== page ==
lammps

About

LAMMPS stands for Large-scale Atomic/Molecular Massively Parallel Simulator. LAMMPS has potentials for soft materials (biomolecules, polymers) and solid-state materials (metals, semiconductors) and coarse-grained or mesoscopic systems. It can be used to model atoms or, more generically, as a parallel particle simulator at the atomic, meso, or continuum scale.

Versions and Availability

Module Names for lammps on qb2
Machine Version Module Name
None Available N/A N/A
▶ **FIX-ME** FAQ?

Usage

LAMMPS is normally run via a PBS batch script.

▶ Open Example?

Example PBS script for running LAMMPS. The value of ppn must match that allowed on the cluster of choice. The mpirun command must match that used by the version of MPI with which LAMMPS was compiled.

#!/bin/bash
#PBS -A your_allocation
#PBS -q checkpt
#PBS -l nodes=1:ppn=8
#PBS -l walltime=12:00:00
#PBS -V
#PBS -j oe
#PBS -N lammps-couette
  
export EXEC=lmp_linux
export EXEC_DIR=/usr/local/packages/lammps/4May11/intel-11.1-mvapich-1.1/bin
export WORKDIR=$PBS_O_WORKDIR
export NPROCS=`wc -l $PBS_NODEFILE |gawk '//{print $1}'`
  
cd $WORKDIR
mpirun -machinefile $PBS_NODEFILE -np $NPROCS $EXEC_DIR/$EXEC \
       < in.flow.couette 

The script is submitted via qsub.

▶ QSub FAQ?

Portable Batch System: qsub

qsub

All HPC@LSU clusters use the Portable Batch System (PBS) for production processing. Jobs are submitted to PBS using the qsub command. A PBS job file is basically a shell script which also contains directives for PBS.

Usage
$ qsub job_script

Where job_script is the name of the file containing the script.

PBS Directives

PBS directives take the form:

#PBS -X value

Where X is one of many single letter options, and value is the desired setting. All PBS directives must appear before any active shell statement.

Example Job Script
 #!/bin/bash
 #
 # Use "workq" as the job queue, and specify the allocation code.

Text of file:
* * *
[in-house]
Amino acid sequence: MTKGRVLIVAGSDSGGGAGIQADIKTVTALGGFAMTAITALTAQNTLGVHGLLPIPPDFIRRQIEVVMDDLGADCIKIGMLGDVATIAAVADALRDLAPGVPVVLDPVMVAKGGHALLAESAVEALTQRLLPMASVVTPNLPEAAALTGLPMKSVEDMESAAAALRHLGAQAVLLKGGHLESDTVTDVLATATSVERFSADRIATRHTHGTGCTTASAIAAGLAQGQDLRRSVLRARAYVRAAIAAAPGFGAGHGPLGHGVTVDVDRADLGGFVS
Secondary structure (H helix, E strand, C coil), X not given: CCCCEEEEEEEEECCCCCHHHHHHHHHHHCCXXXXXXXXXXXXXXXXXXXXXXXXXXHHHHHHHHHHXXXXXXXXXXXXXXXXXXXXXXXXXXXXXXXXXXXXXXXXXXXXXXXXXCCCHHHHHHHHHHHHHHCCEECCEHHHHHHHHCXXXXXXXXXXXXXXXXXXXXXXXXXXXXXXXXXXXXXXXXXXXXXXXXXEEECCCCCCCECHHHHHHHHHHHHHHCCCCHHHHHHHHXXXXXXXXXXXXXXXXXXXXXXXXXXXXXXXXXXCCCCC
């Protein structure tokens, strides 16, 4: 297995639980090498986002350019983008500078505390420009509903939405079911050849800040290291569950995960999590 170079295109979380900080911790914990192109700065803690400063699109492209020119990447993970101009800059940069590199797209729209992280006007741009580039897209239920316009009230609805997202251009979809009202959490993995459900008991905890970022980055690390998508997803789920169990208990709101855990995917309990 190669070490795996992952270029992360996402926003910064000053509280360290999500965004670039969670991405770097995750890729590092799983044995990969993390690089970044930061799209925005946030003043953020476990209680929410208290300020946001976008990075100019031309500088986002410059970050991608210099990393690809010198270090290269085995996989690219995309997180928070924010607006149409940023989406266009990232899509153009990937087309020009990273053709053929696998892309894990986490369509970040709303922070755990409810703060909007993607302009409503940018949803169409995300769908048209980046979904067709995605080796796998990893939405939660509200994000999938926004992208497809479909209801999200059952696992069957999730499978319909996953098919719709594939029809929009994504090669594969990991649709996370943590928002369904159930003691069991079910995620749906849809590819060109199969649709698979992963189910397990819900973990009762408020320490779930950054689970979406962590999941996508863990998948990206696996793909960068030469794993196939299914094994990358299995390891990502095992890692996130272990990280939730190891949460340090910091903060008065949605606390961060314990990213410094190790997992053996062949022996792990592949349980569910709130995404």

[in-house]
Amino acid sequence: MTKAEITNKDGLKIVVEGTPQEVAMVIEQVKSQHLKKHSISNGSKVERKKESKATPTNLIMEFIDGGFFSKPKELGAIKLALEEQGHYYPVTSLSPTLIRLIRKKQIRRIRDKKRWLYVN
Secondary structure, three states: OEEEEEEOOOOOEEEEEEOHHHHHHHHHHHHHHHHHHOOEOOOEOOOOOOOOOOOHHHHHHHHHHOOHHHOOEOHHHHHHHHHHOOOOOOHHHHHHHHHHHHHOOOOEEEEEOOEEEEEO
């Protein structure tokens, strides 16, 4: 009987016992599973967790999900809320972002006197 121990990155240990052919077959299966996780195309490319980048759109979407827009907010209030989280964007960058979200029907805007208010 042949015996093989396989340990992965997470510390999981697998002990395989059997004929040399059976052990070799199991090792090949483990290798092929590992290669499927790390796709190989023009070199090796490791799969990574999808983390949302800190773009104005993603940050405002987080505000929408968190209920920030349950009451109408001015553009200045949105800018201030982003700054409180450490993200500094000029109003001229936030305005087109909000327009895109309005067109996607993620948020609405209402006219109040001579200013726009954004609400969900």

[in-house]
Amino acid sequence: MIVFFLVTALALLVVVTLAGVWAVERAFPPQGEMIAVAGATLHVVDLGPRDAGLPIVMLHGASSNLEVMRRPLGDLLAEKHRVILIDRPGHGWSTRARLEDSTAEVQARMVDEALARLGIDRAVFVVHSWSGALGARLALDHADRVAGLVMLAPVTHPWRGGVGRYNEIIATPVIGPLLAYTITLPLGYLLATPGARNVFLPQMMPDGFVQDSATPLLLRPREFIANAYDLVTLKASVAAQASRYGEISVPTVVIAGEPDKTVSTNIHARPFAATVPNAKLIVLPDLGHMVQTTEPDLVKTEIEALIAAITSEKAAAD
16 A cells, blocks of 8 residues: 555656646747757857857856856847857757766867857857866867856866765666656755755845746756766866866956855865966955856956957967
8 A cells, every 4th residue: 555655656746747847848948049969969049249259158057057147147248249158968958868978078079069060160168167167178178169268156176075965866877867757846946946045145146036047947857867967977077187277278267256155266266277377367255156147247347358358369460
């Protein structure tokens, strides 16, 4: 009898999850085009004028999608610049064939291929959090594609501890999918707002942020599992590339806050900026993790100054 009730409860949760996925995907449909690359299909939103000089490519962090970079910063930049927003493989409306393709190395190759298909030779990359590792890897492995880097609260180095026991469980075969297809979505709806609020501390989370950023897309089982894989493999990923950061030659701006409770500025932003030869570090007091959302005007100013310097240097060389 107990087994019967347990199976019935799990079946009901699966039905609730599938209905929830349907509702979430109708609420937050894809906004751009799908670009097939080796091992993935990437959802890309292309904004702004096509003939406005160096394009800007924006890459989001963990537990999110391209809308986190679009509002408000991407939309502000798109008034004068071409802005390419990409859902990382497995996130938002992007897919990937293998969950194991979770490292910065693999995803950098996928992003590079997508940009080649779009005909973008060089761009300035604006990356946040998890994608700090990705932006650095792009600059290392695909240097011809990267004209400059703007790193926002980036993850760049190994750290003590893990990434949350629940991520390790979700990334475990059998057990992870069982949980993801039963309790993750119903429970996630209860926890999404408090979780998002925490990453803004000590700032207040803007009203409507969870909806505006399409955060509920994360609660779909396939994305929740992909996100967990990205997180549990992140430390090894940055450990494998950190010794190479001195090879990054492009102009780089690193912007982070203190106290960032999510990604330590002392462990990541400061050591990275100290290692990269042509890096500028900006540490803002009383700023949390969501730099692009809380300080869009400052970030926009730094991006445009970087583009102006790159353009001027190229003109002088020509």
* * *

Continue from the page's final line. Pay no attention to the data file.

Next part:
#
 #PBS -q workq
 #PBS -A your_allocation_code
 # 
 # Assuming you want to run 16 processes, and each node supports 4 processes, 
 # you need to ask for a total of 4 nodes. The number of processes per node 
 # will vary from machine to machine, so double-check that your have the right 
 # values before submitting the job.
 #
 #PBS -l nodes=4:ppn=4
 # 
 # Set the maximum wall-clock time. In this case, 10 minutes.
 #
 #PBS -l walltime=00:10:00
 # 
 # Specify the name of a file which will receive all standard output,
 # and merge standard error with standard output.
 #
 #PBS -o /scratch/myName/parallel/output
 #PBS -j oe
 # 
 # Give the job a name so it can be easily tracked with qstat.
 #
 #PBS -N MyParJob
 #
 # That is it for PBS instructions. The rest of the file is a shell script.
 # 
 # PLEASE ADOPT THE EXECUTION SCHEME USED HERE IN YOUR OWN PBS SCRIPTS:
 #
 #   1. Copy the necessary files from your home directory to your scratch directory.
 #   2. Execute in your scratch directory.
 #   3. Copy any necessary files back to your home directory.

 # Let's mark the time things get started.

 date

 # Set some handy environment variables.

 export HOME_DIR=/home/$USER/parallel
 export WORK_DIR=/scratch/myName/parallel
 
 # Set a variable that will be used to tell MPI how many processes will be run.
 # This makes sure MPI gets the same information provided to PBS above.

 export NPROCS=`wc -l $PBS_NODEFILE |gawk '//{print $1}'`

 # Copy the files, jump to WORK_DIR, and execute! The program is named "hydro".

 cp $HOME_DIR/hydro $WORK_DIR
 cd $WORK_DIR
 mpirun -machinefile $PBS_NODEFILE -np $NPROCS $WORK_DIR/hydro

 # Mark the time processing ends.

 date
 
 # And we're out'a here!

 exit 0

Resources

Last modified: June 12 2015 16:24:59.